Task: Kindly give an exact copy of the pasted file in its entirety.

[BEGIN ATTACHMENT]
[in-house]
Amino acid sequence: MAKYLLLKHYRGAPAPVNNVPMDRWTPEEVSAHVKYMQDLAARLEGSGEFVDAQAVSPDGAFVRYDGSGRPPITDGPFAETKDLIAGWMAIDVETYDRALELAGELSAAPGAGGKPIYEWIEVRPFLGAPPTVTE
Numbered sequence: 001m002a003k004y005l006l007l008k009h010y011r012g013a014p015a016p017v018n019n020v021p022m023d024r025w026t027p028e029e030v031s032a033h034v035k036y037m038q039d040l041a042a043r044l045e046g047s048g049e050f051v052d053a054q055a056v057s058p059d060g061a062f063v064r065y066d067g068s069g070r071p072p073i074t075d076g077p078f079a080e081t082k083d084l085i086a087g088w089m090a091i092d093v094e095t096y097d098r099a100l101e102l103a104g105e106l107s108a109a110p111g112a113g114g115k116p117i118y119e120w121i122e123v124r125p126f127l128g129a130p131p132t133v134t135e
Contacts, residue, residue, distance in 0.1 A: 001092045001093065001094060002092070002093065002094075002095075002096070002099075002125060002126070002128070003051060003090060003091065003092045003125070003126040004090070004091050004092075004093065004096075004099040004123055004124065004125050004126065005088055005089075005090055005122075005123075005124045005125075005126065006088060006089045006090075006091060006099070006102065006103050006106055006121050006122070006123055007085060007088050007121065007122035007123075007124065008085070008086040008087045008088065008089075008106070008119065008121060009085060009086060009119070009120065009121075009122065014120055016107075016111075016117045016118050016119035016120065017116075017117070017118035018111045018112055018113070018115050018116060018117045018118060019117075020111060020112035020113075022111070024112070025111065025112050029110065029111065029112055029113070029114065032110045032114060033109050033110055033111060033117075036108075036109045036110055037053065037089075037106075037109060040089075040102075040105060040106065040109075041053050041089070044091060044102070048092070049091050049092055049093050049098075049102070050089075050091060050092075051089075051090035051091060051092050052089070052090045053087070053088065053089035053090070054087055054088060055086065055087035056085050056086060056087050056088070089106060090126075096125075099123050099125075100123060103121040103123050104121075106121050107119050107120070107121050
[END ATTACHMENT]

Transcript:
[in-house]
Amino acid sequence: MAKYLLLKHYRGAPAPVNNVPMDRWTPEEVSAHVKYMQDLAARLEGSGEFVDAQAVSPDGAFVRYDGSGRPPITDGPFAETKDLIAGWMAIDVETYDRALELAGELSAAPGAGGKPIYEWIEVRPFLGAPPTVTE
Numbered sequence: 001m002a003k004y005l006l007l008k009h010y011r012g013a014p015a016p017v018n019n020v021p022m023d024r025w026t027p028e029e030v031s032a033h034v035k036y037m038q039d040l041a042a043r044l045e046g047s048g049e050f051v052d053a054q055a056v057s058p059d060g061a062f063v064r065y066d067g068s069g070r071p072p073i074t075d076g077p078f079a080e081t082k083d084l085i086a087g088w089m090a091i092d093v094e095t096y097d098r099a100l101e102l103a104g105e106l107s108a109a110p111g112a113g114g115k116p117i118y119e120w121i122e123v124r125p126f127l128g129a130p131p132t133v134t135e
Contacts, residue, residue, distance in 0.1 A: 001092045001093065001094060002092070002093065002094075002095075002096070002099075002125060002126070002128070003051060003090060003091065003092045003125070003126040004090070004091050004092075004093065004096075004099040004123055004124065004125050004126065005088055005089075005090055005122075005123075005124045005125075005126065006088060006089045006090075006091060006099070006102065006103050006106055006121050006122070006123055007085060007088050007121065007122035007123075007124065008085070008086040008087045008088065008089075008106070008119065008121060009085060009086060009119070009120065009121075009122065014120055016107075016111075016117045016118050016119035016120065017116075017117070017118035018111045018112055018113070018115050018116060018117045018118060019117075020111060020112035020113075022111070024112070025111065025112050029110065029111065029112055029113070029114065032110045032114060033109050033110055033111060033117075036108075036109045036110055037053065037089075037106075037109060040089075040102075040105060040106065040109075041053050041089070044091060044102070048092070049091050049092055049093050049098075049102070050089075050091060050092075051089075051090035051091060051092050052089070052090045053087070053088065053089035053090070054087055054088060055086065055087035056085050056086060056087050056088070089106060090126075096125075099123050099125075100123060103121040103123050104121075106121050107119050107120070107121050